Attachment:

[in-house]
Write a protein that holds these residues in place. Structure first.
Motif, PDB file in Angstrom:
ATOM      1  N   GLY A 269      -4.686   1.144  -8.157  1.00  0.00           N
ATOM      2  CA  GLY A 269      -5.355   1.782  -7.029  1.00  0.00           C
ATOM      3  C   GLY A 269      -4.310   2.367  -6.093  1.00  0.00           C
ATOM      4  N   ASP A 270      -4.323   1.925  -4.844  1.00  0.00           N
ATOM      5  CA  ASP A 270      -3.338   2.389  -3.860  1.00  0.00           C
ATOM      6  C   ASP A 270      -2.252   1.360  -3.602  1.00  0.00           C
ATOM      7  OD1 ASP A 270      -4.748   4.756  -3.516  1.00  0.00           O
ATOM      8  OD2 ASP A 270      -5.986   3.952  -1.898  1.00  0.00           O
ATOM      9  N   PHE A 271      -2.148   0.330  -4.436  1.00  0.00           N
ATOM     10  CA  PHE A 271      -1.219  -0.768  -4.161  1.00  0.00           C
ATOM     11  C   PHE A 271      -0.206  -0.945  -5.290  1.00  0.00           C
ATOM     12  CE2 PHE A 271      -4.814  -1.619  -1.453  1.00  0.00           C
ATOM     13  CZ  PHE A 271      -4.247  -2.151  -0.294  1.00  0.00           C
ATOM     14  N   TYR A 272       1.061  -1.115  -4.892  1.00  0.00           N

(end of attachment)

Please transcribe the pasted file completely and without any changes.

[in-house]
Write a protein that holds these residues in place. Structure first.
Motif, PDB file in Angstrom:
ATOM      1  N   GLY A 269      -4.686   1.144  -8.157  1.00  0.00           N
ATOM      2  CA  GLY A 269      -5.355   1.782  -7.029  1.00  0.00           C
ATOM      3  C   GLY A 269      -4.310   2.367  -6.093  1.00  0.00           C
ATOM      4  N   ASP A 270      -4.323   1.925  -4.844  1.00  0.00           N
ATOM      5  CA  ASP A 270      -3.338   2.389  -3.860  1.00  0.00           C
ATOM      6  C   ASP A 270      -2.252   1.360  -3.602  1.00  0.00           C
ATOM      7  OD1 ASP A 270      -4.748   4.756  -3.516  1.00  0.00           O
ATOM      8  OD2 ASP A 270      -5.986   3.952  -1.898  1.00  0.00           O
ATOM      9  N   PHE A 271      -2.148   0.330  -4.436  1.00  0.00           N
ATOM     10  CA  PHE A 271      -1.219  -0.768  -4.161  1.00  0.00           C
ATOM     11  C   PHE A 271      -0.206  -0.945  -5.290  1.00  0.00           C
ATOM     12  CE2 PHE A 271      -4.814  -1.619  -1.453  1.00  0.00           C
ATOM     13  CZ  PHE A 271      -4.247  -2.151  -0.294  1.00  0.00           C
ATOM     14  N   TYR A 272       1.061  -1.115  -4.892  1.00  0.00           N